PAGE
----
He wanted a Super Bowl for racing.  Crazy? Many sage observers thought so. In hindsight, “crazy” becomes innovative genius. Moreover, crazy ideas cost money. While woodshedding the original concept with Nelson Bunker Hunt and John Galbreath, the question became how to raise the original operating and winning purse cost and, most importantly, how to get the most prominent stallion operations involved with the organization

Banking on his connections within the Kentucky breeding community and some goading from Hunt, a meeting was called, and his plan detailed to the assemblage. From Claiborne, they recruited Seth Hancock, along with Windfield’s Charles Taylor, Will Farish from Lane’s End and Leslie Combs from Spendthrift. John Nerud, Brereton Jones from Airdrie Stud and oilman Nelson Bunker Hunt were also included along with Walmac’s John Jones. During that meeting, the concept was generally accepted, yet there was suspicion of the hidden agenda that included: favoritism on host track location, qualification of equine entries for first two yearly runnings, seed money, and television interest for national broadcast of all of the proposed seven races. As Gaines, himself, was later to reflect, “There is always somebody trying to shoot down a good idea.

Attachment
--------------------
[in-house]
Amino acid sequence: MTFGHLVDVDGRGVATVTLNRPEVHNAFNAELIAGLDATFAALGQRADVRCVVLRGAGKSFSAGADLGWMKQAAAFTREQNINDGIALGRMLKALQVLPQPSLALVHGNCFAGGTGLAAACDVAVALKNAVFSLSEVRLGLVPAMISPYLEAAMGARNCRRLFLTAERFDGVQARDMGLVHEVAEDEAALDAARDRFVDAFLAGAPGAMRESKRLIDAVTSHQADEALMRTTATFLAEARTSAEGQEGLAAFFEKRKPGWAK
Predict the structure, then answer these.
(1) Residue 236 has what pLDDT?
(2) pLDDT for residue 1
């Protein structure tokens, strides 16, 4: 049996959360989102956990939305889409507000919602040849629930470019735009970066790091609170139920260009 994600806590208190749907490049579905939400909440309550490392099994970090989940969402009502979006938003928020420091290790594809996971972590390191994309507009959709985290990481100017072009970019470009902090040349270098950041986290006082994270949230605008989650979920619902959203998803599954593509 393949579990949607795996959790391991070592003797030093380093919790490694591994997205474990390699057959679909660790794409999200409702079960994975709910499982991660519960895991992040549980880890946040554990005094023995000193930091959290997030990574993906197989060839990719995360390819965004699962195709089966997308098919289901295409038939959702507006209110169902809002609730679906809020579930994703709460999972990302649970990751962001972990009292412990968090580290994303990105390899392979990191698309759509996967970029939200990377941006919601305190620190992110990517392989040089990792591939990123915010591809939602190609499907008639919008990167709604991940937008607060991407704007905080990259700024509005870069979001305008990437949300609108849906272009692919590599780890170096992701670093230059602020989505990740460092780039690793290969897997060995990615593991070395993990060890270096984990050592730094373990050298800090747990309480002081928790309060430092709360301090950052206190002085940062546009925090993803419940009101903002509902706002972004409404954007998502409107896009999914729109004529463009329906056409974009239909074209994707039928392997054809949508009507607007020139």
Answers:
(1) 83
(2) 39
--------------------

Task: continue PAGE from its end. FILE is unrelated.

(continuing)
The naysayers speculated on the Breeders’ Cup’s potential failures and weaknesses. But the core idea and the group continued to consider the details of launching such an ambitious project. The Breeders Cup, originally franchised as Breeders Incentives, LTD, in ’81, was reincorporated in its present form in ’82. Gaines resigned his leadership position within the group shortly afterward, as he felt that some of the divisiveness centered on him and not on the idea. Yet Gaines continued to promote the Breeders Cup and is remembered as its founder.

In my study of corporate cases that focus on failures of organizational leadership to adjust to events, anticipate risks and/or fail to anticipate and react to competition, status quo maintenance is a dangerous mindset. This thinking renders an organization vulnerable to a takeover, brand dissolution and destruction of consumer trust. I believe Gaines sensed that stagnation in the breeding industry’s marketing of itself, therefore making it vulnerable for an ambitious broadcast producer to take a turn at attacking what was perceived as an elitist operation. How does one sell the word ‘breeder’ much less the concept of pedigree ‘nicking’ to a television audience? The term almost sounds medical.